Each digitized i-CAT image was oriented parallel to the Frankfurt Horizontal plane (FHP) for analysis of the hyoid bone. Hyoidius, the most anterior and superior point of the hyoid bone, was used as a cephalometric landmark because it is the most reproducible. , The position of the hyoid bone was determined in both the sagittal and vertical planes. The horizontal reference plane consisted of a line passing through Sella parallel to the FHP (Sella horizontal line), whereas the vertical reference plane was a line passing through Sella perpendicular to FHP (Sella vertical line). Hyoid bone vertical (HBV) and hyoid bone horizontal (HBH) measurements were taken by drawing a line from the Hyoidius of the hyoid bone perpendicular to the reference lines ( Fig 2 ).
Fifty cephalograms were evaluated by 1 investigator (L.V) and categorized into 1 of the 6 CVM stages. After a wash-out period of 2 weeks, the same investigator reevaluated all images. The reliability of CVM determination was confirmed using the weighted kappa intraclass correlation test. Pearson correlation analysis was used to detect the correlation between CVM stage and airway dimensions. A P <0.05 was set to be statistically significant. All analyses were performed using SAS software (version 9.4; SAS Institute, Cary, NC). An analysis of variance (ANOVA) was used to compare airway volumes within CVM stages and between other parameters such as sex and skeletal pattern followed by the post-hoc test to identify significant differences among the 6 CVM groups. Hyoid bone measurements were subjected to the same statistical analyses. Pearson correlation was used to evaluate the correlation between hyoid bone measurements and airway volumes.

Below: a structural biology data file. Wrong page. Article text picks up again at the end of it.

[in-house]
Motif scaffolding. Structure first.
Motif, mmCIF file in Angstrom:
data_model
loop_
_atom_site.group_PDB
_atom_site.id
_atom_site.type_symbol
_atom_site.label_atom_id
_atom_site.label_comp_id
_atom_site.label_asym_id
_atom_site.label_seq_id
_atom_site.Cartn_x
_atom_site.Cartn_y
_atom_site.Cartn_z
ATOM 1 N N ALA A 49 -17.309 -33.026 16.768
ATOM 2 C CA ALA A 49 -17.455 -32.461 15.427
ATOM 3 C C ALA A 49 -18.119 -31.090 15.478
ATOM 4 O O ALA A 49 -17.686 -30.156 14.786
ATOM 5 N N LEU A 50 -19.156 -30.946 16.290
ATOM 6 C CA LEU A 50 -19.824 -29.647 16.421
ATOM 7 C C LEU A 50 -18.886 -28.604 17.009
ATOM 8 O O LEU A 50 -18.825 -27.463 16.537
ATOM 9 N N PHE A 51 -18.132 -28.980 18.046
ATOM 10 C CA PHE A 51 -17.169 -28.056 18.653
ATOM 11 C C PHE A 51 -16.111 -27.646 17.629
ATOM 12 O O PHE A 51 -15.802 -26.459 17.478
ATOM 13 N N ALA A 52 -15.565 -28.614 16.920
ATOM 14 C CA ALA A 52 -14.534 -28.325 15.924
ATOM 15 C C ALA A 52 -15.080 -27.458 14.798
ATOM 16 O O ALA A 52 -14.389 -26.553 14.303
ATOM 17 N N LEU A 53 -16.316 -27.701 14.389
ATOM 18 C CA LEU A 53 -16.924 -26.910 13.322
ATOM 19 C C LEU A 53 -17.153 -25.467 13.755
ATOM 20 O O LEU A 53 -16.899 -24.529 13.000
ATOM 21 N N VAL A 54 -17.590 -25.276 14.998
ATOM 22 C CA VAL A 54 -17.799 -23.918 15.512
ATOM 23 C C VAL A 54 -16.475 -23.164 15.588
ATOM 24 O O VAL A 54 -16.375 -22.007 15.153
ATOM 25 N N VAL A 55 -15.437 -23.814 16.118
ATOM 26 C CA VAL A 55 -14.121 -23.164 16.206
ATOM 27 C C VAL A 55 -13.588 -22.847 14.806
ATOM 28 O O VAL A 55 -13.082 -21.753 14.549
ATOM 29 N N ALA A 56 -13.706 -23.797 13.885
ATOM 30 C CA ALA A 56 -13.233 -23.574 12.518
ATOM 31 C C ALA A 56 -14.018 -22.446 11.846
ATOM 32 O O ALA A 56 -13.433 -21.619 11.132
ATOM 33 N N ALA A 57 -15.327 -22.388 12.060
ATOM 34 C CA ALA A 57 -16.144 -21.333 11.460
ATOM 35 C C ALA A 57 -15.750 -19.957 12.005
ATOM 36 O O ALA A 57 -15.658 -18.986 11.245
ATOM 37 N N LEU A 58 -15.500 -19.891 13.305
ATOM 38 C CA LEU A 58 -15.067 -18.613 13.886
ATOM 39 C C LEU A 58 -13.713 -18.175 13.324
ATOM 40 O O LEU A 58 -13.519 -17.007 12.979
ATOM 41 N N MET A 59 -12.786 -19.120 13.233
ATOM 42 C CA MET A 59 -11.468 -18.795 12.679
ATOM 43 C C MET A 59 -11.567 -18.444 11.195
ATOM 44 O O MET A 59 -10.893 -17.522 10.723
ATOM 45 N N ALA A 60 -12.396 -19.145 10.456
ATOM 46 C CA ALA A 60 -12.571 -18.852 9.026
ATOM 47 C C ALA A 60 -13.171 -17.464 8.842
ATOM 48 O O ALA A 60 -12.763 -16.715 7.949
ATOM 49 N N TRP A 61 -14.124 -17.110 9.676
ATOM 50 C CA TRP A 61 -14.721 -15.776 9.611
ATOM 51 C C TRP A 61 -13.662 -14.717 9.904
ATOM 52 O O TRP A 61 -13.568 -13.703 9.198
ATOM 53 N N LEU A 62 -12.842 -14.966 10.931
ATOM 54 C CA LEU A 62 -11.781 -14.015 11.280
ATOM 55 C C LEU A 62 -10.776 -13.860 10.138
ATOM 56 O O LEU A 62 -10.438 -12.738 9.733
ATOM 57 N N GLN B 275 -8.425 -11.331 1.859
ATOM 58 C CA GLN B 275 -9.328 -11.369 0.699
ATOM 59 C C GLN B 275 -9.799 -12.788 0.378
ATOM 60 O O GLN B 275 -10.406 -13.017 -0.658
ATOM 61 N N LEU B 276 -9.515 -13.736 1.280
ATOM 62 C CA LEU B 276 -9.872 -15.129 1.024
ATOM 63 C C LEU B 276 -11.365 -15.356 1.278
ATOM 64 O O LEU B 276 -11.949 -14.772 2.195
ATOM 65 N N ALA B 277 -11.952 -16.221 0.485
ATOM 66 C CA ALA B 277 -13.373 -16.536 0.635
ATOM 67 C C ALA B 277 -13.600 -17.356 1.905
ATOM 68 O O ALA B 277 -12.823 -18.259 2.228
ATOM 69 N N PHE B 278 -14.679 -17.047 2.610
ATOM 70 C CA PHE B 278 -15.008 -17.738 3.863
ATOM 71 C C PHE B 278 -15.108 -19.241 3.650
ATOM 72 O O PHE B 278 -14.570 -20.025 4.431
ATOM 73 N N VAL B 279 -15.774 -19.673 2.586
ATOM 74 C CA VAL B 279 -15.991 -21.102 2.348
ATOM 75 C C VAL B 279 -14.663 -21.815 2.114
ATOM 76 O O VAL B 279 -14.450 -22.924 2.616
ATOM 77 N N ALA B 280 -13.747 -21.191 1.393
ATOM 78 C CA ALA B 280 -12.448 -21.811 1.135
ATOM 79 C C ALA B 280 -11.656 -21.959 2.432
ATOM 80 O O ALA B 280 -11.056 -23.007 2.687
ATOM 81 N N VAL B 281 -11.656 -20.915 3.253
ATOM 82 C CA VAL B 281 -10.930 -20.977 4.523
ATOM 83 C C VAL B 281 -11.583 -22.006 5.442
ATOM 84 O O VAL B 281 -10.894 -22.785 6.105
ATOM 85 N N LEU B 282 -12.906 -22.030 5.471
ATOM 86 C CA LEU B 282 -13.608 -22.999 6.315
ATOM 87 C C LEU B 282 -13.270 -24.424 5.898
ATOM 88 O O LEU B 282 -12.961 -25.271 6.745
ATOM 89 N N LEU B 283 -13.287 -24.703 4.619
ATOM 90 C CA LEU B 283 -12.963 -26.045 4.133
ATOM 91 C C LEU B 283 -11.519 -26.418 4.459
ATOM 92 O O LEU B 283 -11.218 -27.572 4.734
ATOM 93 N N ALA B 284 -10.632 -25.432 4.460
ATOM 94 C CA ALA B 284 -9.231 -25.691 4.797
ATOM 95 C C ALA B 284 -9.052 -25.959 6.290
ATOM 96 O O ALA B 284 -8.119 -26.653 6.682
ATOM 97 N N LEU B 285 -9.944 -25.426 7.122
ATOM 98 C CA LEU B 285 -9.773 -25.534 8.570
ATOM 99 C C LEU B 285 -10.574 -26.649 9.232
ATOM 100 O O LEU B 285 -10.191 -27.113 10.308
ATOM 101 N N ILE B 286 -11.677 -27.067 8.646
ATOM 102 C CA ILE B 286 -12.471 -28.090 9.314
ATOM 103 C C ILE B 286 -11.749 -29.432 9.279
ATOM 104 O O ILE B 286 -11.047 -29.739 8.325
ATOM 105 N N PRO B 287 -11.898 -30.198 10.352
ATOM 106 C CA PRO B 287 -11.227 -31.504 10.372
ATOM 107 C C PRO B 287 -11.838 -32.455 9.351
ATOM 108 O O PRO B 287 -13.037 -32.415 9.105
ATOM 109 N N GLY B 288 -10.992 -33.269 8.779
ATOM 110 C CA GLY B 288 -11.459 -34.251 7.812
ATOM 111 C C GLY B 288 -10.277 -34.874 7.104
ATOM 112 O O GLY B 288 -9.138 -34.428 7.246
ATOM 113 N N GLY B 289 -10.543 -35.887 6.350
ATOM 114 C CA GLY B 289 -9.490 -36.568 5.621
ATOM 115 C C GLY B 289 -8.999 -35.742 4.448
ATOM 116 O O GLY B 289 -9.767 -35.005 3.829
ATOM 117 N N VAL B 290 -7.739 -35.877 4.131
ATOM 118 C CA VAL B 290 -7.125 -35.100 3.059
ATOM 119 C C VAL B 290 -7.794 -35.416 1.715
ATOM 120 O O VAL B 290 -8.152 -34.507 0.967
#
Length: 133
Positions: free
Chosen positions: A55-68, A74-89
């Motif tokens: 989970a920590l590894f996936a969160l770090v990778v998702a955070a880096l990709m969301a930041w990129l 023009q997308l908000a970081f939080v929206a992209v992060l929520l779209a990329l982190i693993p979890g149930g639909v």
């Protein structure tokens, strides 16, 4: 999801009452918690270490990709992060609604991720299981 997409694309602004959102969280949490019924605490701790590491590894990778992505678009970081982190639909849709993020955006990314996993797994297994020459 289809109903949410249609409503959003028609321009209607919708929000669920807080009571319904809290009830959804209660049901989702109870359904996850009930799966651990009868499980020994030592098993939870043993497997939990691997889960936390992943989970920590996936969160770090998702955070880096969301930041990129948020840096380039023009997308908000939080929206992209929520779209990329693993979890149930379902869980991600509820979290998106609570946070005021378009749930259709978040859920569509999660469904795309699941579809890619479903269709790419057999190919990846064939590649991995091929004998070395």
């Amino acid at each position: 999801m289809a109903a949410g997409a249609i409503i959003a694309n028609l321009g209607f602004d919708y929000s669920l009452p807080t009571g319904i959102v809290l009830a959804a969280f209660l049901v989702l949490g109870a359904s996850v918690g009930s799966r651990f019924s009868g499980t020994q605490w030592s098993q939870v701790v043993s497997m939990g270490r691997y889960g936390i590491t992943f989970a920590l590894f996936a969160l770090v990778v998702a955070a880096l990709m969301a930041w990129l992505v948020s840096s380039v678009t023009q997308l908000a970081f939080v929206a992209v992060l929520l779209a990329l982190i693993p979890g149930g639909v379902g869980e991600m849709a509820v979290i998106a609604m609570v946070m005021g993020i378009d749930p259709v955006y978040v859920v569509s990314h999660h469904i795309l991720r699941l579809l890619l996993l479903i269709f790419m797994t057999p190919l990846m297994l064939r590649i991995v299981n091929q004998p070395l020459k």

According to the weighted kappa intraclass correlation and Pearson correlation tests, the concordance index was greater than 0.99 for hyoid bone measurements ( Table I ). For CVM staging, the linear weighted kappa statistic was 0.897, indicating high intraexaminer concordance ( Table I ). Descriptive statistics for the CVM stage, skeletal pattern, sex, and pharyngeal airway volume were outlined in Table II .
|Cervical vertebral maturation stage||0.897||×|
|SNA||SNB||ANB||NPA (mm 3 )||OPA (mm 3 )||TPA (mm 3 )|